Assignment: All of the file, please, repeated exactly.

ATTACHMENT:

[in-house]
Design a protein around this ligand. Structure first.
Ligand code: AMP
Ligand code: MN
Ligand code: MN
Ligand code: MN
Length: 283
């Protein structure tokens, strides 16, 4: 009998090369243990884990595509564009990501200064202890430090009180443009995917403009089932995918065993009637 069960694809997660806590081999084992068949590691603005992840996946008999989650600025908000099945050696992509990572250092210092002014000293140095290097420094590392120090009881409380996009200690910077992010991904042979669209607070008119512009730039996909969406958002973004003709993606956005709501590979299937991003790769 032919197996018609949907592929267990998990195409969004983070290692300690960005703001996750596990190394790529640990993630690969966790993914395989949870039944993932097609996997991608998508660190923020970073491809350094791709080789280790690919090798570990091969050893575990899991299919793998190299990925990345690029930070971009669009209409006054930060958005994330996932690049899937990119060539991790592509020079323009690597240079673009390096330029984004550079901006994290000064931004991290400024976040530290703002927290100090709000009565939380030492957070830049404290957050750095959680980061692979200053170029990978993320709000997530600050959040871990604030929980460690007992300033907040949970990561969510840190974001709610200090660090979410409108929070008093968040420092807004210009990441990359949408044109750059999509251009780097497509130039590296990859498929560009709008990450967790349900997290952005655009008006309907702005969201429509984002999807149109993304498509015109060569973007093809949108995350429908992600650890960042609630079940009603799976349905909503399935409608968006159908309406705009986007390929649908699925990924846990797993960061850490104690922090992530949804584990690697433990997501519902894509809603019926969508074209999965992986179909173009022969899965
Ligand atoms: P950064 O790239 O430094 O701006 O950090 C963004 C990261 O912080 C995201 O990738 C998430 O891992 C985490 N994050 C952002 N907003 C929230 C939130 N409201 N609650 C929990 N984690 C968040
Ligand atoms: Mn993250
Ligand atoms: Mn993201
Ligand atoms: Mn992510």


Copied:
[in-house]
Design a protein around this ligand. Structure first.
Ligand code: AMP
Ligand code: MN
Ligand code: MN
Ligand code: MN
Length: 283
């Protein structure tokens, strides 16, 4: 009998090369243990884990595509564009990501200064202890430090009180443009995917403009089932995918065993009637 069960694809997660806590081999084992068949590691603005992840996946008999989650600025908000099945050696992509990572250092210092002014000293140095290097420094590392120090009881409380996009200690910077992010991904042979669209607070008119512009730039996909969406958002973004003709993606956005709501590979299937991003790769 032919197996018609949907592929267990998990195409969004983070290692300690960005703001996750596990190394790529640990993630690969966790993914395989949870039944993932097609996997991608998508660190923020970073491809350094791709080789280790690919090798570990091969050893575990899991299919793998190299990925990345690029930070971009669009209409006054930060958005994330996932690049899937990119060539991790592509020079323009690597240079673009390096330029984004550079901006994290000064931004991290400024976040530290703002927290100090709000009565939380030492957070830049404290957050750095959680980061692979200053170029990978993320709000997530600050959040871990604030929980460690007992300033907040949970990561969510840190974001709610200090660090979410409108929070008093968040420092807004210009990441990359949408044109750059999509251009780097497509130039590296990859498929560009709008990450967790349900997290952005655009008006309907702005969201429509984002999807149109993304498509015109060569973007093809949108995350429908992600650890960042609630079940009603799976349905909503399935409608968006159908309406705009986007390929649908699925990924846990797993960061850490104690922090992530949804584990690697433990997501519902894509809603019926969508074209999965992986179909173009022969899965
Ligand atoms: P950064 O790239 O430094 O701006 O950090 C963004 C990261 O912080 C995201 O990738 C998430 O891992 C985490 N994050 C952002 N907003 C929230 C939130 N409201 N609650 C929990 N984690 C968040
Ligand atoms: Mn993250
Ligand atoms: Mn993201
Ligand atoms: Mn992510």